Complete surgical resection and short-term survival in acute invasive fungal rhinosinusitis

Christopher R. Roxbury, David F. Smith, Thomas S. Higgins, Stella E. Lee, Gary L. Gallia, Masaru Ishii, Andrew P. Lane, Douglas D. Reh

Research output: Contribution to journalArticlepeer-review

6 Scopus citations


Background: Acute invasive fungal rhinosinusitis (AIFR) is a fulminant fungal infection seen in patients who are immunocompromised. Due to its rarity, there is little evidence regarding the appropriate antifungal treatment regimen, especially the degree of surgical intervention. Objective: To assess factors that impact short-term survival in AIFR as defined by survival to hospital discharge and to develop a staging system to predict survival and complete surgical resection. Methods: Fifty-four patients with histopathologically diagnosed AIFR who met inclusion criteria were identified between 1984 and 2014. Patient characteristics, disease extent, treatment modality, and short-term survival data were collected. Univariate analysis was performed to assess for factors associated with survival and increased likelihood of surgical resection. Results: Of 52 patients with adequate documentation, 36 (69.2%) survived their hospital stay. Complete surgical resection was the only factor associated with improved survival (survival, 95.5%; p < 0.01). A surgical staging system was proposed to guide probability of complete resection and overall prognosis, with stage I disease limited to the nasal cavity, stage II involving the paranasal sinuses, stage III involving the orbit, and stage IV with skull base or intracranial extension. The x2 analyses showed a decreased likelihood of complete surgical resection with stage III or IV disease compared with stage I (resection, 90.9%) (stage III resection, 37.5% [p = 0.01]; stage IV resection, 16.7% [p = 0.002]). There was a decreased likelihood of survival associated with increasing disease stage compared with stage I (survival, 100%) (stage II survival, 60% [p = 0.009]; stage III survival, 62.5% [p = 0.02]; stage IV survival, 54.6%, [p = 0.006]). Conclusion: Although further studies are needed to define specific treatment protocols, analysis of these data indicated that endoscopic sinus surgery with the goal of complete surgical resection may provide the best survival outcomes in select patients when complete surgical resection can be performed. Our staging system represents the first attempt to predict surgical success and prognosis in patients with AIFR.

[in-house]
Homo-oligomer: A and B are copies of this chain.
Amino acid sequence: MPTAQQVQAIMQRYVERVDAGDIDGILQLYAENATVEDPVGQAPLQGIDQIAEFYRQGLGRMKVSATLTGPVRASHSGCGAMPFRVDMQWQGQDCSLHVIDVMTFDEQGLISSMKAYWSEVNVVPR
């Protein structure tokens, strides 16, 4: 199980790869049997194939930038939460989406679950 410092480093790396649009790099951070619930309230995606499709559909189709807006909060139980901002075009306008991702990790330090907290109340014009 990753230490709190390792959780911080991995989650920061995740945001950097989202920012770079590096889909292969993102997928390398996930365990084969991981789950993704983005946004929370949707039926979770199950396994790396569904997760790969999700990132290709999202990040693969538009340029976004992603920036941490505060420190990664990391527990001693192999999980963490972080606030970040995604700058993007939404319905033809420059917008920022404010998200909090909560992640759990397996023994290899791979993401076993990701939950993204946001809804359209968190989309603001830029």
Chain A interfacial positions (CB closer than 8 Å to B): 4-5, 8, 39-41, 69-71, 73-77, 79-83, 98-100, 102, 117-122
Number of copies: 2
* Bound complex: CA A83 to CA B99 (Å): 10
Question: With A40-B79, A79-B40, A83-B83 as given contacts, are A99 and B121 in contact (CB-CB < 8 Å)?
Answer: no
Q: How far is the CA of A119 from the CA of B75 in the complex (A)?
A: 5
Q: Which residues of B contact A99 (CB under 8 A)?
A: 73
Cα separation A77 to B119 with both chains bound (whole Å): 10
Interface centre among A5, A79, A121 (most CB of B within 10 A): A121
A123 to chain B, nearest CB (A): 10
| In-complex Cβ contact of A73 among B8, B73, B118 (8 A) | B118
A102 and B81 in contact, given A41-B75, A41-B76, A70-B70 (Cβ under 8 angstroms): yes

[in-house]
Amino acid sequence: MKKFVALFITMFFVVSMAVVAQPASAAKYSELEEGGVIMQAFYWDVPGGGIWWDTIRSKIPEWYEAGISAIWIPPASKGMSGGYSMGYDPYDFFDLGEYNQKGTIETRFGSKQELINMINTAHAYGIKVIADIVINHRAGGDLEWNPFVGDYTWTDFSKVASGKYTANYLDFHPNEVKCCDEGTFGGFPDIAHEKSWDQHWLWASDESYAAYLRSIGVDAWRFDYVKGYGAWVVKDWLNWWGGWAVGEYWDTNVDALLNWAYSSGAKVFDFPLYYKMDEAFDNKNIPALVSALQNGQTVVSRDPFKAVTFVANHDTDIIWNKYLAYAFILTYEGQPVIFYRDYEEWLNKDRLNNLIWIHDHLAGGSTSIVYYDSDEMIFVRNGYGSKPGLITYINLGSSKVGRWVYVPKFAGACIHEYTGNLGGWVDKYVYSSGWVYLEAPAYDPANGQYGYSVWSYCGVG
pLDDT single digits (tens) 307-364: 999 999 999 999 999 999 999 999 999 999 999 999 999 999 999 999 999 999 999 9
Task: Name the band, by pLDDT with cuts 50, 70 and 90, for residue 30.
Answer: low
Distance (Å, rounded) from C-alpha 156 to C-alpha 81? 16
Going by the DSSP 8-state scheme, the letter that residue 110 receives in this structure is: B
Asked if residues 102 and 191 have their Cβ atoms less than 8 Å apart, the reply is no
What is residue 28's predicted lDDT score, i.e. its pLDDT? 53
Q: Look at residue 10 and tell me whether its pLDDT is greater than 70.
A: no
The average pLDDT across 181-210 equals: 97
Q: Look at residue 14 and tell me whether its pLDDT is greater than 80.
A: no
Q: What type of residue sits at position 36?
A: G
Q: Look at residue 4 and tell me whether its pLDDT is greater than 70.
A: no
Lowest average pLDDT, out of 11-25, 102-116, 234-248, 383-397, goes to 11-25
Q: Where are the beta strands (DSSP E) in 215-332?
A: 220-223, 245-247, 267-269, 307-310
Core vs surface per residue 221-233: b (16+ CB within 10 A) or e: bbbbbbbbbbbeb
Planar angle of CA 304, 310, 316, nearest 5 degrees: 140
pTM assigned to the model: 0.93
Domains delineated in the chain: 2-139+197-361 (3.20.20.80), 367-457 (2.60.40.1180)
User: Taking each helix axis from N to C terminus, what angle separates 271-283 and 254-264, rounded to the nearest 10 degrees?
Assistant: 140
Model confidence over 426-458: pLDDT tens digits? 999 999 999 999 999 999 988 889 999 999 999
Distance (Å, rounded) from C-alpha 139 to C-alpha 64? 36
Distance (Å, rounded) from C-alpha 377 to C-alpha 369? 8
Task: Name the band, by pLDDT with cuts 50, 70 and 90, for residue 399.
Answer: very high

Original languageEnglish (US)
Pages (from-to)109-116
Number of pages8
JournalAmerican Journal of Rhinology and Allergy
Issue number2
StatePublished - Mar 1 2017

ASJC Scopus subject areas

  • Immunology and Allergy
  • Otorhinolaryngology


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